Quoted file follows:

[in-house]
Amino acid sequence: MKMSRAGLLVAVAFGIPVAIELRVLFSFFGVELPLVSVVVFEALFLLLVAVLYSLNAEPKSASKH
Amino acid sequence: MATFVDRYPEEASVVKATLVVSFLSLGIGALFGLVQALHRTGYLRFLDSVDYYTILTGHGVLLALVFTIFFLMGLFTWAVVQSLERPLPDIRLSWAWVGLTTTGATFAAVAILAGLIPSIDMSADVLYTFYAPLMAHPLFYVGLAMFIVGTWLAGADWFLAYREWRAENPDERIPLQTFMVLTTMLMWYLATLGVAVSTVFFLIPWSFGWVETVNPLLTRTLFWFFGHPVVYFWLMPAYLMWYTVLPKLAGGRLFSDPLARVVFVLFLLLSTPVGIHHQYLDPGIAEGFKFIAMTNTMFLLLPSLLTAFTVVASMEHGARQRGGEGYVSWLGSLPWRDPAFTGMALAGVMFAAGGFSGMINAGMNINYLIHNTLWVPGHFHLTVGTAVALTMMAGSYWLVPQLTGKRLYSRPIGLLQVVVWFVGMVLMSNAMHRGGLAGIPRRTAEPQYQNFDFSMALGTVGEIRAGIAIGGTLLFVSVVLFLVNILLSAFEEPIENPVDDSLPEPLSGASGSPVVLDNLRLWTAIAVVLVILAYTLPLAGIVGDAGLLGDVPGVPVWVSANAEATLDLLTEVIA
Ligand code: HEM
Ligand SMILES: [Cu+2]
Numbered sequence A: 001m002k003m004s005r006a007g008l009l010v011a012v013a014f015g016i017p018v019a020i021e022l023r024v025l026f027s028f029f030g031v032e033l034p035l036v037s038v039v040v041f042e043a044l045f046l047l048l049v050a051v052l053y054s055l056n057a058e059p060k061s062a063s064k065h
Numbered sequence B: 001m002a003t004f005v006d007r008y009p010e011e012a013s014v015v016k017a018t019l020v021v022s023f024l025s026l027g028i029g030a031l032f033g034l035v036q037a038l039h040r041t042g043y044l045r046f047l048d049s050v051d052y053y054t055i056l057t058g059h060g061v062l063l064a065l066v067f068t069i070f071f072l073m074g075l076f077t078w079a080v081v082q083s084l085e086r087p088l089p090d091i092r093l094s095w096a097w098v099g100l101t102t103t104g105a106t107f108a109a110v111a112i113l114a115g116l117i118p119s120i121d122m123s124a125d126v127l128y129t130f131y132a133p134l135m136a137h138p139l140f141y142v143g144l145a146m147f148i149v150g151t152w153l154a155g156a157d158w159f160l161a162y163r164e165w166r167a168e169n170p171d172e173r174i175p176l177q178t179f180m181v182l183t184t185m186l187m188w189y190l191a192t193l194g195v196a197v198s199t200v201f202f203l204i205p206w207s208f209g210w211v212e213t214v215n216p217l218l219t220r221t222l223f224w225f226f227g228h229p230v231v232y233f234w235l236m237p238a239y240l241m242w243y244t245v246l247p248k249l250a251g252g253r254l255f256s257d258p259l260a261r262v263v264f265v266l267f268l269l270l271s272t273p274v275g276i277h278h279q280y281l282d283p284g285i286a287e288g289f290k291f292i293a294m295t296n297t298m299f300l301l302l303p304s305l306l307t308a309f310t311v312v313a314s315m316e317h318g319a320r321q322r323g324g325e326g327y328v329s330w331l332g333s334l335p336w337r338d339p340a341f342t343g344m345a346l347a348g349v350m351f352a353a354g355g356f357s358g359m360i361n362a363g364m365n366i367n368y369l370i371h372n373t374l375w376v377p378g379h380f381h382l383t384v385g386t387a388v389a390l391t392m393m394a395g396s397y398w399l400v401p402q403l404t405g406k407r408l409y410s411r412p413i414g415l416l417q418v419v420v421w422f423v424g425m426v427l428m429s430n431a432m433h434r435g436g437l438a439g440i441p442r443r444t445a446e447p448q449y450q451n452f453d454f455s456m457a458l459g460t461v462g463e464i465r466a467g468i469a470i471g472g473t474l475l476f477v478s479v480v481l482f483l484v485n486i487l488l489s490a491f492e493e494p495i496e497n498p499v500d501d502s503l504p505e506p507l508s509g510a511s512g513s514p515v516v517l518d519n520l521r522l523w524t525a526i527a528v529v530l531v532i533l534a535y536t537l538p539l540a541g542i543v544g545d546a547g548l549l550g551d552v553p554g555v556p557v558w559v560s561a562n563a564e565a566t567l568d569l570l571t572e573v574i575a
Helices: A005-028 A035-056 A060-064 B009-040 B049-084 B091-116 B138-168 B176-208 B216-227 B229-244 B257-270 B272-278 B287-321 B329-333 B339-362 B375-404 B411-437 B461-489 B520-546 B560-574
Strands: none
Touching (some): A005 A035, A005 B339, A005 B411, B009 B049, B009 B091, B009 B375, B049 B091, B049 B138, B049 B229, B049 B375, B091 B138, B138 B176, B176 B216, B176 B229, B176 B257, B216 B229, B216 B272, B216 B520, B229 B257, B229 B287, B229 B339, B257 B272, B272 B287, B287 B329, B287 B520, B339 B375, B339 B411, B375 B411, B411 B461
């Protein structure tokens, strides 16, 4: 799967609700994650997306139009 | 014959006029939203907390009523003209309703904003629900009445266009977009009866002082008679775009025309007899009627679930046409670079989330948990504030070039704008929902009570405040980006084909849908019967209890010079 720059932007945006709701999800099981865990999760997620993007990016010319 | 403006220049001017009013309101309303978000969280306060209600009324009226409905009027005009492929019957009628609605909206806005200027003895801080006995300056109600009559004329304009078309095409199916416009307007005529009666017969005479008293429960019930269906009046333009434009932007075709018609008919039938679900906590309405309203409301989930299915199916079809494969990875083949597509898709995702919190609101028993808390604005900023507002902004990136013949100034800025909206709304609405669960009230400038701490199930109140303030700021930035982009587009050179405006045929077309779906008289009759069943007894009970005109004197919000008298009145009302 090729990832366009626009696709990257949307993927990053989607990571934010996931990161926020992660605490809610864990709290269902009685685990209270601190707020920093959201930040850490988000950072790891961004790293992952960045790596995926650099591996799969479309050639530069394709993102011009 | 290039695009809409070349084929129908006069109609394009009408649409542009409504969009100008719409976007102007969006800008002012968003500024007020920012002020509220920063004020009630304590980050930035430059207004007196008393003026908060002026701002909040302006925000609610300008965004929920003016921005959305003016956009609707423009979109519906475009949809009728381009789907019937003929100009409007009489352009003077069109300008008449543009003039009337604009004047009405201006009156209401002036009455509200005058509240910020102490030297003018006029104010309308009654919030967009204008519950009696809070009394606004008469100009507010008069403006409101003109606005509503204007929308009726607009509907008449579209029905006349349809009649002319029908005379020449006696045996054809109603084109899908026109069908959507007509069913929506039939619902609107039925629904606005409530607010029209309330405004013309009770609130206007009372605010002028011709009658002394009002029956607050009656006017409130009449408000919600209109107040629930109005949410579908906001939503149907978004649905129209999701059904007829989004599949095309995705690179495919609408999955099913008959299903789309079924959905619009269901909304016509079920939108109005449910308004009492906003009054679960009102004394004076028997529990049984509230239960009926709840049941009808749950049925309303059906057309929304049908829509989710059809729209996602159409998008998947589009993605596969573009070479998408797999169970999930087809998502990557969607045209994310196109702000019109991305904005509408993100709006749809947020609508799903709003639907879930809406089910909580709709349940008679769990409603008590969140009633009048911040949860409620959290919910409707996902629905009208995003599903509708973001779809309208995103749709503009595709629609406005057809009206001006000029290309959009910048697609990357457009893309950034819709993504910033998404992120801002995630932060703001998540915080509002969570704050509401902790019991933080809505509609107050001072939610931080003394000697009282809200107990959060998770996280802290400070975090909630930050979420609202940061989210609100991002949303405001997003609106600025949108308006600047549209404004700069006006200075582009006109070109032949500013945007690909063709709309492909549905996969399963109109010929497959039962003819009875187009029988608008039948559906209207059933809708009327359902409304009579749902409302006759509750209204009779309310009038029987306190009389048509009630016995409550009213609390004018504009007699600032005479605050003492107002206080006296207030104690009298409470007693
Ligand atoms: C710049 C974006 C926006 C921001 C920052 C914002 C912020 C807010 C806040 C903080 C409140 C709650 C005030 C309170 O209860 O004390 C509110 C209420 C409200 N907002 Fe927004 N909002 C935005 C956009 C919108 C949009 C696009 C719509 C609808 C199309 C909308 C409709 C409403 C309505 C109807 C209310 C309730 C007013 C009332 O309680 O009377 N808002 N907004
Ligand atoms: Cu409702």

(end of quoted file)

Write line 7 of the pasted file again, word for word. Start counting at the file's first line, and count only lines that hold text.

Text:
Numbered sequence B: 001m002a003t004f005v006d007r008y009p010e011e012a013s014v015v016k017a018t019l020v021v022s023f024l025s026l027g028i029g030a031l032f033g034l035v036q037a038l039h040r041t042g043y044l045r046f047l048d049s050v051d052y053y054t055i056l057t058g059h060g061v062l063l064a065l066v067f068t069i070f071f072l073m074g075l076f077t078w079a080v081v082q083s084l085e086r087p088l089p090d091i092r093l094s095w096a097w098v099g100l101t102t103t104g105a106t107f108a109a110v111a112i113l114a115g116l117i118p119s120i121d122m123s124a125d126v127l128y129t130f131y132a133p134l135m136a137h138p139l140f141y142v143g144l145a146m147f148i149v150g151t152w153l154a155g156a157d158w159f160l161a162y163r164e165w166r167a168e169n170p171d172e173r174i175p176l177q178t179f180m181v182l183t184t185m186l187m188w189y190l191a192t193l194g195v196a197v198s199t200v201f202f203l204i205p206w207s208f209g210w211v212e213t214v215n216p217l218l219t220r221t222l223f224w225f226f227g228h229p230v231v232y233f234w235l236m237p238a239y240l241m242w243y244t245v246l247p248k249l250a251g252g253r254l255f256s257d258p259l260a261r262v263v264f265v266l267f268l269l270l271s272t273p274v275g276i277h278h279q280y281l282d283p284g285i286a287e288g289f290k291f292i293a294m295t296n297t298m299f300l301l302l303p304s305l306l307t308a309f310t311v312v313a314s315m316e317h318g319a320r321q322r323g324g325e326g327y328v329s330w331l332g333s334l335p336w337r338d339p340a341f342t343g344m345a346l347a348g349v350m351f352a353a354g355g356f357s358g359m360i361n362a363g364m365n366i367n368y369l370i371h372n373t374l375w376v377p378g379h380f381h382l383t384v385g386t387a388v389a390l391t392m393m394a395g396s397y398w399l400v401p402q403l404t405g406k407r408l409y410s411r412p413i414g415l416l417q418v419v420v421w422f423v424g425m426v427l428m429s430n431a432m433h434r435g436g437l438a439g440i441p442r443r444t445a446e447p448q449y450q451n452f453d454f455s456m457a458l459g460t461v462g463e464i465r466a467g468i469a470i471g472g473t474l475l476f477v478s479v480v481l482f483l484v485n486i487l488l489s490a491f492e493e494p495i496e497n498p499v500d501d502s503l504p505e506p507l508s509g510a511s512g513s514p515v516v517l518d519n520l521r522l523w524t525a526i527a528v529v530l531v532i533l534a535y536t537l538p539l540a541g542i543v544g545d546a547g548l549l550g551d552v553p554g555v556p557v558w559v560s561a562n563a564e565a566t567l568d569l570l571t572e573v574i575a